Further Thoughts On The Roberts “Switched Vote” Story
Many people have seized on Crawford’s report as confirmation of some kind of “betrayal” or “statesmanship” thesis. Others have wondered, with good reason, how on earth she got such inside dope within three days of the ruling.
But what does Crawford actually claim to know? Just the following:
- that Roberts held one view in March, and a different one in May;
- that one or more of the four conservative justices, notably including Kennedy, tried to win him back to their view;
- that a month of trying to persuade him failed;
- that Chief Justice Roberts “pays attention to media coverage.”
That’s it. Sadly, for such a talented (and obviously well-placed) reporter, Crawford seems to work hard to achieve a certain effect in her story, namely that Roberts decided as he did for reasons that had nothing to do with the merits of the arguments in the case. But there is one commendably honest admission (in the 21st of 60 paragraphs) on Crawford’s part that “It is not known why Roberts changed his view on the mandate and decided to uphold the law.”
As Franck goes on to point out, Crawford doesn’t know the reason that Roberts switched his vote (assuming he did) and, apparently neither do whomever it might be that were the source(s) for her piece, although it’s clear from the tone of the article that the individual(s) who spoke to Crawford retained no small degree of anger and frustration toward Roberts for changing his mind whatever the reasons might have been. So, unless Chief Justice Roberts himself talks and explains his decision, which he’s unlikely to ever do beyond referring people to the opinion itself, we are, as Franck says left to consider the possibility that Roberts actually meant what he said in the opinion and that he wasn’t merely just making something up to uphold the law because he’d been, say, intimidated by public pressure. Franck then goe son to say this after re-reading the opinion:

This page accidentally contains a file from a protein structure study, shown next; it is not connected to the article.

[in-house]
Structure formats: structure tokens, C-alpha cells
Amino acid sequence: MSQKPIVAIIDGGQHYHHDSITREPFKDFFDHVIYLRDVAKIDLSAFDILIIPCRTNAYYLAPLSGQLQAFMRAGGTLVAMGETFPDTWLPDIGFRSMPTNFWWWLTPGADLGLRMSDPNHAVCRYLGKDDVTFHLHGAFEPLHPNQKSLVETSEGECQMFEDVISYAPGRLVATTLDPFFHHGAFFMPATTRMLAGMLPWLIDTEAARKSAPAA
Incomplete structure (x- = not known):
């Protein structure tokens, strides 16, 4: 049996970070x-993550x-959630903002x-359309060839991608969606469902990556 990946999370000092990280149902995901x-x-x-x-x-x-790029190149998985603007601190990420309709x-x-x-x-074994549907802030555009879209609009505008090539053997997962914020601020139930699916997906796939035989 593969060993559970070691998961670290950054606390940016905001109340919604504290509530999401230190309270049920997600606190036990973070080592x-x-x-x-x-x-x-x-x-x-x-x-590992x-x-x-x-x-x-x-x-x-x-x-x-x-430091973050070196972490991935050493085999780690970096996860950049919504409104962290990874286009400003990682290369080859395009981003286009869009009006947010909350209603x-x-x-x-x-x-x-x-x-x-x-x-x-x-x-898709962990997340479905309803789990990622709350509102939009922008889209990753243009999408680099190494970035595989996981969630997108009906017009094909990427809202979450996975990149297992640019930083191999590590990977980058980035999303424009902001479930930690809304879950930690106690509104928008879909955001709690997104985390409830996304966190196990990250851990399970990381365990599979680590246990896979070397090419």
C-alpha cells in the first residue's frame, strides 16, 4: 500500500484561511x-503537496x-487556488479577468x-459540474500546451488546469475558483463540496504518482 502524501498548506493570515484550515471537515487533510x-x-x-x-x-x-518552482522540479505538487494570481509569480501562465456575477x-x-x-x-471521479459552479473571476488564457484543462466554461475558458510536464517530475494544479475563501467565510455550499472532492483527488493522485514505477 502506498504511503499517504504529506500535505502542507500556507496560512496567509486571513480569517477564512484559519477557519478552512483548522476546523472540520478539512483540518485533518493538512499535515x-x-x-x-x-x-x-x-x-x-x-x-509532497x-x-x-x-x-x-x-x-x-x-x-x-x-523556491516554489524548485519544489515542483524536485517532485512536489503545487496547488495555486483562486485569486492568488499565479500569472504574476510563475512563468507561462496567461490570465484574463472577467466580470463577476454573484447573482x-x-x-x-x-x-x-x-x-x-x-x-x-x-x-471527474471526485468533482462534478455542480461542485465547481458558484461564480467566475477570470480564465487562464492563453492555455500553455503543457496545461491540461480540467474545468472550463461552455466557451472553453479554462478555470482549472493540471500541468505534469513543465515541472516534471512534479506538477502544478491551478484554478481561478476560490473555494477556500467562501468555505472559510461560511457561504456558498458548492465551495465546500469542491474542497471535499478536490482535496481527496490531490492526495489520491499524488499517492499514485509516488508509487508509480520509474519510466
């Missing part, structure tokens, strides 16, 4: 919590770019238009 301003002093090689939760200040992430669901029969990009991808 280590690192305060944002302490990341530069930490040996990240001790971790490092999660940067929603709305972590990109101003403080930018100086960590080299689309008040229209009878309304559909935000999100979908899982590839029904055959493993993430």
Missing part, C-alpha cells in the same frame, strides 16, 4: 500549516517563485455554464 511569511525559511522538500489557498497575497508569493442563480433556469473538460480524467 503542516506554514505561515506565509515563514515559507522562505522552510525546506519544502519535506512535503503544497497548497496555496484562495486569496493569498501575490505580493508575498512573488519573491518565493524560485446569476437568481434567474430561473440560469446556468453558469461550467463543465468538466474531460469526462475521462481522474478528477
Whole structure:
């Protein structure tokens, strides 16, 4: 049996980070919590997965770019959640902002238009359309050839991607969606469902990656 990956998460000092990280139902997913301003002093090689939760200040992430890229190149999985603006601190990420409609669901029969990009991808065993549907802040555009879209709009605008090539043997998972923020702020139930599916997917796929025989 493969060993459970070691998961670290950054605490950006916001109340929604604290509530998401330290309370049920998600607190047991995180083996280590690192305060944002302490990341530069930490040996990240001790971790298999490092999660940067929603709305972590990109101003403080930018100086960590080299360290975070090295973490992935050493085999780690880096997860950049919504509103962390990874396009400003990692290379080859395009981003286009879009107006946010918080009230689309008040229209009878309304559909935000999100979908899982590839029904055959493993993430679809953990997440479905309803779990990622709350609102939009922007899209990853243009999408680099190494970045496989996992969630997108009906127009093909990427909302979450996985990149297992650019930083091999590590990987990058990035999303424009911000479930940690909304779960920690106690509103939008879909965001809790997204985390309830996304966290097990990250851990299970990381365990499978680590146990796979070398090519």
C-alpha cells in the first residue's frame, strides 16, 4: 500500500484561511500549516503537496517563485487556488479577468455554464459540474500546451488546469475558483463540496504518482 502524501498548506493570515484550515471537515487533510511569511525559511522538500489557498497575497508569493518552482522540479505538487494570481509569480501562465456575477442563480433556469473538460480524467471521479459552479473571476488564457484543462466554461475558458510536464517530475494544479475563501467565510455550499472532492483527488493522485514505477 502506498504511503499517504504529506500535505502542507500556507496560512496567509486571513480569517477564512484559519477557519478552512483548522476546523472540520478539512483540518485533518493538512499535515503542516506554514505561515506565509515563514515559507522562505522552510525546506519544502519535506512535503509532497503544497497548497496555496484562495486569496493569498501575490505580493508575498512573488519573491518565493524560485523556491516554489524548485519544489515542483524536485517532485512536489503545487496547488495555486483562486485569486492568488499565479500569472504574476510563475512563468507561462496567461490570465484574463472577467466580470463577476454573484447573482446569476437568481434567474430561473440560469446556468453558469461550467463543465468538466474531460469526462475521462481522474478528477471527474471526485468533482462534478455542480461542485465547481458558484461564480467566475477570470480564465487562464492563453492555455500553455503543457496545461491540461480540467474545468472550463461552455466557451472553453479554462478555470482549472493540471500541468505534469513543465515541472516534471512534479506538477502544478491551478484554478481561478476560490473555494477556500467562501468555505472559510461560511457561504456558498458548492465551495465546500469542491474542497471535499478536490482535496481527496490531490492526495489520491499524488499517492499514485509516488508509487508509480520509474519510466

The second time around, I am more convinced than ever that Roberts has a fully plausible case that can be defended on principled grounds. That is not the same as an endorsement of its merits on my part, over against the dissenters’ view. But I do think that people might, just might, give him some credit for doing his duty to the rule of law as he understands it. The intensity, passion, and frequent fallaciousness of the criticism aimed in his direction suggest that for many of his critics, it has always been the result that matters-the fall of ObamaCare-rather than the integrity of legal reasoning.
More importantly as Franck goes on to point out, and as Allahpundit argues, there’s just something not quite plausible about the “Roberts got scared” theory that many on the right seem to be buying lock, stock, and barrel even though there’s absolutely no evidence for it. For one thing, Roberts has shown now compunction in the past about being part of a majority that would be viewed controversially by the media and the “inside the Beltway” crowd. One need only look at the gun control cases (District of Columbia v. Heller and Chicago v. McCormack) or Citizens United for evidence of that. Why would he suddenly be so concerned now about what the media elite or the New York Times Editorial Board thinks of him or the Court? It just doesn’t make sense. More importantly, even if he was going to rule in this case based on his concerns about public opinion, he certainly did it in an amateurish and stupid manner, and John Roberts just doesn’t strike me as a stupid man. That makes it all the more plausible that Roberts ruled the way he did because he genuinely believed the argument to be correct and because, as I stated last week, he believed it was proper for him exercise what he viewed as judicial restraint in this matter. As Franck says, those on the right attacking him now are revealing quite clearly that the are motivated not by an honest criticism of the legal reason the Chief Justice used in his opinion, but because all along it’s only been the result, not the law, that matters to them.